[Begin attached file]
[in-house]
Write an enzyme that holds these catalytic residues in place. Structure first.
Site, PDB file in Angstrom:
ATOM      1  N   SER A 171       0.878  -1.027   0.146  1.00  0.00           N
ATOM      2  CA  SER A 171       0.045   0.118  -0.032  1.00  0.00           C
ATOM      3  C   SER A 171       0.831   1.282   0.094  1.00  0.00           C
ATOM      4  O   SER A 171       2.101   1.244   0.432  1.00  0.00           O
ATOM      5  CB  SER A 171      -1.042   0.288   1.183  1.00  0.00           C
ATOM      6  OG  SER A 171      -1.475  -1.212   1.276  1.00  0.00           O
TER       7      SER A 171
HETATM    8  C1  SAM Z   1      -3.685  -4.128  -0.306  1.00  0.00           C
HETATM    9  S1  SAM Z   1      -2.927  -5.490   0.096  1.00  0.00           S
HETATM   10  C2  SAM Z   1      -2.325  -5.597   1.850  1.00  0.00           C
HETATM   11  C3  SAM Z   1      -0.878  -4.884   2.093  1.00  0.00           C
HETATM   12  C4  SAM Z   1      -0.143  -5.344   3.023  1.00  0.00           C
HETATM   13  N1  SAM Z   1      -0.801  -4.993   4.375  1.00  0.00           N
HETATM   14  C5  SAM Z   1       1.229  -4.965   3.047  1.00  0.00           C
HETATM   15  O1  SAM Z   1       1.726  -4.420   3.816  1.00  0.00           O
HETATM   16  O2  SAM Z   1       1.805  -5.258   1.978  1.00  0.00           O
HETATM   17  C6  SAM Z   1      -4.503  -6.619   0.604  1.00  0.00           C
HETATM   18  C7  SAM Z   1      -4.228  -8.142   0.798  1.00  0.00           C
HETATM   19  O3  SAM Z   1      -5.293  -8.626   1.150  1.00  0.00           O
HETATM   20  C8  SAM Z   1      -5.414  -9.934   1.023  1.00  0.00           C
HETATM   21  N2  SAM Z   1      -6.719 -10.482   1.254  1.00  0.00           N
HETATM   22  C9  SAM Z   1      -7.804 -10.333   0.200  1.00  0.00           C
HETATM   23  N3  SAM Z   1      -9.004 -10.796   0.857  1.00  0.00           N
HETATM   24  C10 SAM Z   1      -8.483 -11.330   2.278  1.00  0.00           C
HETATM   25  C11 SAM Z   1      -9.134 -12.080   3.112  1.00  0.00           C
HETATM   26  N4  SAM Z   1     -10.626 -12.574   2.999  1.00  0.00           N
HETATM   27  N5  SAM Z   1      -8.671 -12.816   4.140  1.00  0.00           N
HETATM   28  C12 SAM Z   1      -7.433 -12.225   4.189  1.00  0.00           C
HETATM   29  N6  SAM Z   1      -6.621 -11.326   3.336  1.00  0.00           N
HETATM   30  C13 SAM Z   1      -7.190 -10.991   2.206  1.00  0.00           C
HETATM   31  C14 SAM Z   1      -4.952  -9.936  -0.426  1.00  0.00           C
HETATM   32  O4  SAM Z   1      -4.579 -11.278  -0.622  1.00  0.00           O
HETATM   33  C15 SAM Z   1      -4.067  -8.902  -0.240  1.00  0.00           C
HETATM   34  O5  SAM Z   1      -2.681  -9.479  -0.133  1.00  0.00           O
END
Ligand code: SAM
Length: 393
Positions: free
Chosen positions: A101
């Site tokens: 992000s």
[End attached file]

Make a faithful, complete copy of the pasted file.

[in-house]
Write an enzyme that holds these catalytic residues in place. Structure first.
Site, PDB file in Angstrom:
ATOM      1  N   SER A 171       0.878  -1.027   0.146  1.00  0.00           N
ATOM      2  CA  SER A 171       0.045   0.118  -0.032  1.00  0.00           C
ATOM      3  C   SER A 171       0.831   1.282   0.094  1.00  0.00           C
ATOM      4  O   SER A 171       2.101   1.244   0.432  1.00  0.00           O
ATOM      5  CB  SER A 171      -1.042   0.288   1.183  1.00  0.00           C
ATOM      6  OG  SER A 171      -1.475  -1.212   1.276  1.00  0.00           O
TER       7      SER A 171
HETATM    8  C1  SAM Z   1      -3.685  -4.128  -0.306  1.00  0.00           C
HETATM    9  S1  SAM Z   1      -2.927  -5.490   0.096  1.00  0.00           S
HETATM   10  C2  SAM Z   1      -2.325  -5.597   1.850  1.00  0.00           C
HETATM   11  C3  SAM Z   1      -0.878  -4.884   2.093  1.00  0.00           C
HETATM   12  C4  SAM Z   1      -0.143  -5.344   3.023  1.00  0.00           C
HETATM   13  N1  SAM Z   1      -0.801  -4.993   4.375  1.00  0.00           N
HETATM   14  C5  SAM Z   1       1.229  -4.965   3.047  1.00  0.00           C
HETATM   15  O1  SAM Z   1       1.726  -4.420   3.816  1.00  0.00           O
HETATM   16  O2  SAM Z   1       1.805  -5.258   1.978  1.00  0.00           O
HETATM   17  C6  SAM Z   1      -4.503  -6.619   0.604  1.00  0.00           C
HETATM   18  C7  SAM Z   1      -4.228  -8.142   0.798  1.00  0.00           C
HETATM   19  O3  SAM Z   1      -5.293  -8.626   1.150  1.00  0.00           O
HETATM   20  C8  SAM Z   1      -5.414  -9.934   1.023  1.00  0.00           C
HETATM   21  N2  SAM Z   1      -6.719 -10.482   1.254  1.00  0.00           N
HETATM   22  C9  SAM Z   1      -7.804 -10.333   0.200  1.00  0.00           C
HETATM   23  N3  SAM Z   1      -9.004 -10.796   0.857  1.00  0.00           N
HETATM   24  C10 SAM Z   1      -8.483 -11.330   2.278  1.00  0.00           C
HETATM   25  C11 SAM Z   1      -9.134 -12.080   3.112  1.00  0.00           C
HETATM   26  N4  SAM Z   1     -10.626 -12.574   2.999  1.00  0.00           N
HETATM   27  N5  SAM Z   1      -8.671 -12.816   4.140  1.00  0.00           N
HETATM   28  C12 SAM Z   1      -7.433 -12.225   4.189  1.00  0.00           C
HETATM   29  N6  SAM Z   1      -6.621 -11.326   3.336  1.00  0.00           N
HETATM   30  C13 SAM Z   1      -7.190 -10.991   2.206  1.00  0.00           C
HETATM   31  C14 SAM Z   1      -4.952  -9.936  -0.426  1.00  0.00           C
HETATM   32  O4  SAM Z   1      -4.579 -11.278  -0.622  1.00  0.00           O
HETATM   33  C15 SAM Z   1      -4.067  -8.902  -0.240  1.00  0.00           C
HETATM   34  O5  SAM Z   1      -2.681  -9.479  -0.133  1.00  0.00           O
END
Ligand code: SAM
Length: 393
Positions: free
Chosen positions: A101
């Site tokens: 992000s």